Wednesday, June 20, 2007

A death in Havana

I am away from my computer screen for barely 24 hours (time to farewell the Miami cousins) and what happens?

News of a death foretold in Havana.

No, not that death.

The death of Vilma Espin, long-time wife of Raul Castro.

As president-for-life of the Federation of Cuban Women (FMC), Espin was a key player in the regime for many years and was widely regarded as one of the most influential women in Cuba since the Castro brothers came to power in January 1959.

It seems she had been seriously ill for some time but as usual, the Cuban people were kept in the dark about her illness. A State secret, no doubt. In fact, Cubans were only told of the death after her body had been cremated.

Anyway, a couple of points to make.

The first and most obvious is that while Espin’s death would have been expected by those at the very top of the regime, given her illness, it will still be a huge psychological blow for the Castro brothers.

It’s always the way when confronted by your own mortality.

The second point is to clarify the comments made by some foreign correspondents in Havana, who have described the FMC as some sort of independent “feminist organisation” set up to “defend and promote the rights of Cuban women”.


As was made clear from its inception in 1960, the FMC was set up by Espin with one overwhelming aim: to mobilise Cuban women from all walks of life, whether they liked it or not, to “defend and promote” Fidel Castro and his regime.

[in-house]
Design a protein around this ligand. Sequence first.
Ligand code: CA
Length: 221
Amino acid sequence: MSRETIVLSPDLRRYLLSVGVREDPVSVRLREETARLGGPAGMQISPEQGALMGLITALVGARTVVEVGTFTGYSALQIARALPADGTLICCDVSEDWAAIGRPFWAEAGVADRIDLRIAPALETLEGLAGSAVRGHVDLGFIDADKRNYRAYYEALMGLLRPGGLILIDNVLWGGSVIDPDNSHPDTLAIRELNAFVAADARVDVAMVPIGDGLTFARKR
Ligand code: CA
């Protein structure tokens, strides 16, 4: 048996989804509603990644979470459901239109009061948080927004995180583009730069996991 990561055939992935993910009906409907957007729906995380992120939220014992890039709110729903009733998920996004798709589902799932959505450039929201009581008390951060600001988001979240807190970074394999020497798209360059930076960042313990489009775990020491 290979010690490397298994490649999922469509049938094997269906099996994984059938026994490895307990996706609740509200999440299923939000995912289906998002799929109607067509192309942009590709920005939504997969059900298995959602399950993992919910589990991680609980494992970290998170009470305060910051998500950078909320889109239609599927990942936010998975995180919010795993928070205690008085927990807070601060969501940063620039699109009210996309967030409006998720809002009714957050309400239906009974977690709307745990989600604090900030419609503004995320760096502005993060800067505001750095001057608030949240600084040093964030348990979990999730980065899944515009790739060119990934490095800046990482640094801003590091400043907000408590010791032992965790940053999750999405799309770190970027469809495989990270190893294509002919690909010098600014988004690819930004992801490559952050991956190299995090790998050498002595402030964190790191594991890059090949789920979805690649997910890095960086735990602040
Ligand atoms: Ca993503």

From Espin down, its leaders are always senior members of the Communist Party, which funds the organisation.

And even today, this supposedly independent feminist mass movement continues to conclude all of its meetings and functions by expressing its undying loyalty (and homage) to El Comandante en Jefe.


Anonymous Anonymous said...

Espin came from a rich bourgeois family that sent her to study in the US before the revolution. As sometimes happens with children of privilege, she fell for the "radical" mystique (so did her sister, Nilsa, who wound up a suicide).

Vilma was always a hardline, orthodox Castro-communist. Her complete political reliability and close personal connection to the Castro brothers were the basis for her power.

Given her wealthy background and her elite post-revolution status as a member of the highest circles, it is highly debatable what qualifications or firsthand knowledge she really had concerning ordinary Cuban women. She was never such a woman herself in her entire life.

12:18 am  

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